DETROIT – Late last summer, a lawyer named Lance Cooper sensed that his long battle with General Motors was coming to an end.
For three years, he tussled with lawyers from a high-powered firm hired to defend GM against his clients, the parents of Brooke Melton, 29, a woman killed when her Chevy Cobalt lost power and collided with another vehicle. He sought internal documents and crucial witnesses, but at GM’s direction, lawyers from that firm, King & Spalding, fought him every step of the way, even refusing to disclose how many similar lawsuits the carmaker faced.
Then, in September, GM quietly settled Cooper’s case. The type of faulty ignition in Brooke Melton’s vehicle has become a major scandal for America’s biggest car company and has since been linked to other deaths and led to the recall of 1.6 million cars.
And King & Spalding, the law firm that handled the Melton case for the company, has undergone a role reversal. This month, GM asked the firm, along with Jenner & Block, to conduct what GM Chief Executive Mary T. Barra has called an “unvarnished” investigation into why the company failed for more than a decade to alert regulators and consumers to the defect. To Cooper, King & Spalding’s switch from a fierce defender of GM to a potential inquisitor into the company’s actions may also pose a conflict. For one, some of the firm’s lawyers may have to ask their own colleagues if they advised GM about whether to recall the vehicles at the time the Melton case was settled for an undisclosed amount.
There is a predictable trajectory to the modern institutional scandal: Charges of wrongdoing surface, then mount, and then the company announces it will bring in an outside law firm to conduct an internal investigation. The announcement, made in sober, corporate language, sends a calming message: We’re not hiding. We’re taking this seriously. We’ve got this.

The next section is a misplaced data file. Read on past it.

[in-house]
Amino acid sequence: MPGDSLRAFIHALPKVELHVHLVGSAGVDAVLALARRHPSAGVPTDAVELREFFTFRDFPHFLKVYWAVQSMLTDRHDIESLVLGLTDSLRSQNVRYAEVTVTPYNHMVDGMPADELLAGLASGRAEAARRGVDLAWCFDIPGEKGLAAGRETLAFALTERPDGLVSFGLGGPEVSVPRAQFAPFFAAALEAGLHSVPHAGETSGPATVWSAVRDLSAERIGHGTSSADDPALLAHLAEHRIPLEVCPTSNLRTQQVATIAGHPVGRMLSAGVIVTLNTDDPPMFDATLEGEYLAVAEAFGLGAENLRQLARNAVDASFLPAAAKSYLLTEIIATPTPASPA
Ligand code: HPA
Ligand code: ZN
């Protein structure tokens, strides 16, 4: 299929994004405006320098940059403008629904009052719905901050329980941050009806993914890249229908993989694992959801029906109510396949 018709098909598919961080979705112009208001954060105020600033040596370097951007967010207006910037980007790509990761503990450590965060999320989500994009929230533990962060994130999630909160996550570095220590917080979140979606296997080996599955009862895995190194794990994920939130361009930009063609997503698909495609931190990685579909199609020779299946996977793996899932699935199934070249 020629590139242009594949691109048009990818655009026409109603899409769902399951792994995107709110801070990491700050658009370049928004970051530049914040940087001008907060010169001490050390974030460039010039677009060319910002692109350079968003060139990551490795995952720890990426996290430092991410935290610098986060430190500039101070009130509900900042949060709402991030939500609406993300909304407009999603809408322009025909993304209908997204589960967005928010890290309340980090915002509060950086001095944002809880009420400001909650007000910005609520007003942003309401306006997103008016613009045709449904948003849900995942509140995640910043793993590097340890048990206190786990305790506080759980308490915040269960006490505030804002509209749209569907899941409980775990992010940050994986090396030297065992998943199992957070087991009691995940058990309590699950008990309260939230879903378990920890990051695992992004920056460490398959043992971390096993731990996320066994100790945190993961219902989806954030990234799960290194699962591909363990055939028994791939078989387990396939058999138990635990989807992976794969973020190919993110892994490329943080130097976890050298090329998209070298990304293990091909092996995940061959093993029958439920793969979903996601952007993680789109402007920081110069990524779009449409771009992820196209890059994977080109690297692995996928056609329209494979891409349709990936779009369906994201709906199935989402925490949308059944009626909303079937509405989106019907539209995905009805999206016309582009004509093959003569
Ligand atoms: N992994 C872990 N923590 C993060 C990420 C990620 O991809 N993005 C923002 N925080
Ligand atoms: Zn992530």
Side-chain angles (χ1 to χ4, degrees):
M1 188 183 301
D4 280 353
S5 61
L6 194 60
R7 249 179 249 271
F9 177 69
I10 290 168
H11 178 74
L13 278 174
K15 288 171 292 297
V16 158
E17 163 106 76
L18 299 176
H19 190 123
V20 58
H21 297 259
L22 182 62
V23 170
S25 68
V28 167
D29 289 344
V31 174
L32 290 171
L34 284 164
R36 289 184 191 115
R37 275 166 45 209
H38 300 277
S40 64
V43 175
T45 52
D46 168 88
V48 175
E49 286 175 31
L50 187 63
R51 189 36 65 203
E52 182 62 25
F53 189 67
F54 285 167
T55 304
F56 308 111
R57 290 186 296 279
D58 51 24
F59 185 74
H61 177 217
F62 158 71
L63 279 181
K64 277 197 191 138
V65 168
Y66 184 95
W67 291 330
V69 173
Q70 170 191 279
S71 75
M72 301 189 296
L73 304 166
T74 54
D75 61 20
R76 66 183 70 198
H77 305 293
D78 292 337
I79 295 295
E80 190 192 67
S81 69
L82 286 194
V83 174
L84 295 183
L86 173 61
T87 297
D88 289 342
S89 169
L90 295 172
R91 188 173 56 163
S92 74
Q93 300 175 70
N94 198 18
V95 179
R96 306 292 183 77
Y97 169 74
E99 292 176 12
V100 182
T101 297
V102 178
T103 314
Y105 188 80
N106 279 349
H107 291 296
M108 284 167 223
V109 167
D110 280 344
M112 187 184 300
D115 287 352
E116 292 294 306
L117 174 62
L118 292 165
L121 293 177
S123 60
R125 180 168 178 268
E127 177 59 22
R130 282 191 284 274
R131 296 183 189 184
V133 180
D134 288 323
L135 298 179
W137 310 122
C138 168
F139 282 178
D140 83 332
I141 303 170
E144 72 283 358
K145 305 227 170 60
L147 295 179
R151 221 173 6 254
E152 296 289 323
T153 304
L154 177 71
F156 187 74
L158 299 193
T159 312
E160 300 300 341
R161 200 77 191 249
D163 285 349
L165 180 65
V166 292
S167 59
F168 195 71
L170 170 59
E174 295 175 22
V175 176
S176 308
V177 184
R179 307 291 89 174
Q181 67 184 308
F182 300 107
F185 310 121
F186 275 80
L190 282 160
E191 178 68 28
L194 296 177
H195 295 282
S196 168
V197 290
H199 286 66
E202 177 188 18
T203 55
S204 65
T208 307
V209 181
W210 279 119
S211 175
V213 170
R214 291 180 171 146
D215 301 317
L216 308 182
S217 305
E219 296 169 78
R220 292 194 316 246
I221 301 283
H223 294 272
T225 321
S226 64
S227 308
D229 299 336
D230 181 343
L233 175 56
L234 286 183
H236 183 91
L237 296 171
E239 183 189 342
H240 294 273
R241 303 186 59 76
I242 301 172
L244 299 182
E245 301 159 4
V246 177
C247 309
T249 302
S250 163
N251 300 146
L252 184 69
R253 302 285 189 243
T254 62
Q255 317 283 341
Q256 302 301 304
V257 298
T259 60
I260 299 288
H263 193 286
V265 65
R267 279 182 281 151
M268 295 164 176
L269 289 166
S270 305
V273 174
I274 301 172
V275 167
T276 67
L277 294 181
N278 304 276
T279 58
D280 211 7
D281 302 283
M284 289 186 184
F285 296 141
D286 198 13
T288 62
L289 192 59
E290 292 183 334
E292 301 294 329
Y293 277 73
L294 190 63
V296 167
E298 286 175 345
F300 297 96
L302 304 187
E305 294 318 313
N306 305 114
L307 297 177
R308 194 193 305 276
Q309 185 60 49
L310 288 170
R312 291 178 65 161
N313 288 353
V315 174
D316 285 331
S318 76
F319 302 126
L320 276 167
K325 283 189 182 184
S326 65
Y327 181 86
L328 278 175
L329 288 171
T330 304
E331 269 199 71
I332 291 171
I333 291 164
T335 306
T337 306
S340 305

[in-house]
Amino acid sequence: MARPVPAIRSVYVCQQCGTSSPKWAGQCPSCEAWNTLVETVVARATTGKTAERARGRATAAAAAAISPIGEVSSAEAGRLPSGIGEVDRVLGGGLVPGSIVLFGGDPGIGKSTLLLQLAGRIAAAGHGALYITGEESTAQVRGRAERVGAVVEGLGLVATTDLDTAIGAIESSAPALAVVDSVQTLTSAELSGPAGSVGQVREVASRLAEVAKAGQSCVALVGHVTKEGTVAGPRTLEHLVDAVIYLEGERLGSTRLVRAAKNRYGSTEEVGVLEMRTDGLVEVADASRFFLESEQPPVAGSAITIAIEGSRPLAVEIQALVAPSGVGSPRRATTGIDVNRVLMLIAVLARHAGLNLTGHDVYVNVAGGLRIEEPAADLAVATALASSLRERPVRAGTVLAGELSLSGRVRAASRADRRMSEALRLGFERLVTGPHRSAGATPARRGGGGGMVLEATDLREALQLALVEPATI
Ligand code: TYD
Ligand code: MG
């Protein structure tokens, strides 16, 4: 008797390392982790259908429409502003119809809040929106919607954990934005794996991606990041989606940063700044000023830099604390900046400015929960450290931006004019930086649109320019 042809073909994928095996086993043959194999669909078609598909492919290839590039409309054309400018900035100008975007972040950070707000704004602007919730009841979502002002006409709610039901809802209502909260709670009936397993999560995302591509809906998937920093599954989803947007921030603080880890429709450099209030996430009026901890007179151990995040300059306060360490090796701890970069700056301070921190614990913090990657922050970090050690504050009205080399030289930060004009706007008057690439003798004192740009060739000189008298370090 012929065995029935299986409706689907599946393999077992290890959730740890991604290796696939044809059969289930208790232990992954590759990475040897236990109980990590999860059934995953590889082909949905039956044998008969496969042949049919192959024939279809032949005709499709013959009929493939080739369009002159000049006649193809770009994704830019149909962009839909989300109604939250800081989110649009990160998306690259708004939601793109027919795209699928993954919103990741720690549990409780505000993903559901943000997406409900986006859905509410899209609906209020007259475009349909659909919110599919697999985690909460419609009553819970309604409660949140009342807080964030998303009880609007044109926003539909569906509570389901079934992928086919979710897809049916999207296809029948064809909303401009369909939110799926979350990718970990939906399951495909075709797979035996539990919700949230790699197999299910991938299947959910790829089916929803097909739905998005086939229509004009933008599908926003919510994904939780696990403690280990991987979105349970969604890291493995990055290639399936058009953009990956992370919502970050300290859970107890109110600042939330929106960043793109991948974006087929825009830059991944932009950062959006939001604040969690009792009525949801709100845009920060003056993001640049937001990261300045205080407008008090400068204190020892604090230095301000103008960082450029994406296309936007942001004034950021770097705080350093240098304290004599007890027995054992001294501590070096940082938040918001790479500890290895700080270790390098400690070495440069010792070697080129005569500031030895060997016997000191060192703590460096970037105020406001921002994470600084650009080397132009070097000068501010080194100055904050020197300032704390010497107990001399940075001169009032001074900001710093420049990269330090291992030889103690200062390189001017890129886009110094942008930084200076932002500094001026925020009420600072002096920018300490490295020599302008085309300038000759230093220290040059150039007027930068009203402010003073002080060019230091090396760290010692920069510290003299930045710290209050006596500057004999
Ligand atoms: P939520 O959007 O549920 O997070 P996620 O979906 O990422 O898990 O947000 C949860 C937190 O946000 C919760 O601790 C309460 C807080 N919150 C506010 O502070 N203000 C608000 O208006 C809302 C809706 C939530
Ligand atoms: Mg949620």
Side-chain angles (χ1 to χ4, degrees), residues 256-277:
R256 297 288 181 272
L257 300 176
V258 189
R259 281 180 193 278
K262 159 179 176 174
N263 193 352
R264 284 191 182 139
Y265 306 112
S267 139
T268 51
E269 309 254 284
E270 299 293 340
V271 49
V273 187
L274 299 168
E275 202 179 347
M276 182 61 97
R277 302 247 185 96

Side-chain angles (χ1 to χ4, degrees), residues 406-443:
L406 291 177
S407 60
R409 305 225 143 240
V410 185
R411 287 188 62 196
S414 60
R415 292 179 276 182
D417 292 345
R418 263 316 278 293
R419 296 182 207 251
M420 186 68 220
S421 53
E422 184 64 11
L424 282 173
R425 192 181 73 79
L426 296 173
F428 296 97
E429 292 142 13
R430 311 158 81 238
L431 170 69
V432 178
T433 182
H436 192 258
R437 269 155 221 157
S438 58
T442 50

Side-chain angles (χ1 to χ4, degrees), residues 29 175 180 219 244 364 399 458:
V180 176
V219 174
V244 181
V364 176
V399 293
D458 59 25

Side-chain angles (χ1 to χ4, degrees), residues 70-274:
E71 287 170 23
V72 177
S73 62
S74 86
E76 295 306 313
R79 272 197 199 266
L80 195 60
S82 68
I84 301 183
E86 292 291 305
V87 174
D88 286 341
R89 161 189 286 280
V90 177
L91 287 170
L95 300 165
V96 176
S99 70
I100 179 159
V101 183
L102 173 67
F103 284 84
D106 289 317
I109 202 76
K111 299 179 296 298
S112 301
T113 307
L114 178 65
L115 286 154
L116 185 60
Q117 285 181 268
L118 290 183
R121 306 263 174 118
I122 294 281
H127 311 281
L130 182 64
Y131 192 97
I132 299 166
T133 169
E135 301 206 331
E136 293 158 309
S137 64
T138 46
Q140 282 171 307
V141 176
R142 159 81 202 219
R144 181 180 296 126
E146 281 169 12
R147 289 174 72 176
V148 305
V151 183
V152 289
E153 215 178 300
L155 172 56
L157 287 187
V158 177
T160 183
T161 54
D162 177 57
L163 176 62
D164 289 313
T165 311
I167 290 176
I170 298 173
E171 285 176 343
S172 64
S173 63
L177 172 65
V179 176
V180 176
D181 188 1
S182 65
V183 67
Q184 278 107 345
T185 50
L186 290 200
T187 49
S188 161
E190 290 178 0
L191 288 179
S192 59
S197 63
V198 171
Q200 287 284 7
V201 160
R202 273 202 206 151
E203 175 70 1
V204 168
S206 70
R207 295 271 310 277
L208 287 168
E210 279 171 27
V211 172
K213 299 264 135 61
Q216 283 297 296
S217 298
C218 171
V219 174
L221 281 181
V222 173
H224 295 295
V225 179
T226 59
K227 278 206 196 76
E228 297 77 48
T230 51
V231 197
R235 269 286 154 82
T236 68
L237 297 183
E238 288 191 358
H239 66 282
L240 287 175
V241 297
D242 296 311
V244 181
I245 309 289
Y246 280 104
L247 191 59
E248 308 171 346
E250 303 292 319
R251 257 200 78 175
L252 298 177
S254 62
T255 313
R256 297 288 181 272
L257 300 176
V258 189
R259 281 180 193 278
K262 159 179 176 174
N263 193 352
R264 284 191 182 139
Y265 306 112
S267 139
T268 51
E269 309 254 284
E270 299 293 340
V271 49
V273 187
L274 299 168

Hiring outside counsel in these cases is part investigation, part public-relations gambit and part legal strategy. In most cases, the goal isn’t to publicly flog a company or its top executives but rather to limit damage to an institution’s reputation or to contain the financial harm to shareholders of a publicly traded company. And it does so under the protection of the attorney-client privilege.
From the point of view of the company, a well-done internal investigation can shape the accepted story of what happened – and produce findings that allow the company to negotiate for lower penalties from prosecutors or regulators down the road.
To achieve those ends, the law firms conducting the investigations must be viewed as forthright and uncompromised. In this respect, some critics have already questioned GM’s choices.
The GM investigation will be led by Anton R. Valukas. Valukas gained credibility as the examiner in the Lehman Brothers bankruptcy, when he revealed several accounting tricks that the investment bank had used to spiff up its balance sheet. He has also served in a number of special investigative roles for government agencies in Chicago. But he is also the chairman of Jenner & Block, which has done high-profile securities work for GM. Both Jenner and King & Spalding have done product liability cases for the company.
Les Zuke, a spokesman for King & Spalding, declined to comment. Greg Martin, a GM spokesman, said that both King & Spalding and Jenner & Block had “reputations for adhering to the highest standards.” Valukas did not respond to a request for comment.
William R. McLucas, a partner at WilmerHale, a big name in corporate internal investigations, said if companies want credibility with prosecutors and investors, it is generally not wise to use their regular law firms for internal inquiries. The Justice Department has already announced it will investigate GM’s handling of the ignition defect.
“If you are a firm that is generating substantial fees from a prospective corporate client, you may be able to come in and do a bang-up inquiry,” said McLucas, who was the Securities and Exchange Commission’s director of enforcement for eight years. “But the perception is always going to be there; maybe you pulled your punches because there is a business relationship.”
Charles Elson of the University of Delaware, who specializes in corporate governance, agreed: “I would not have done it because of the optics. Public perception can be affected by using regular outside counsel.”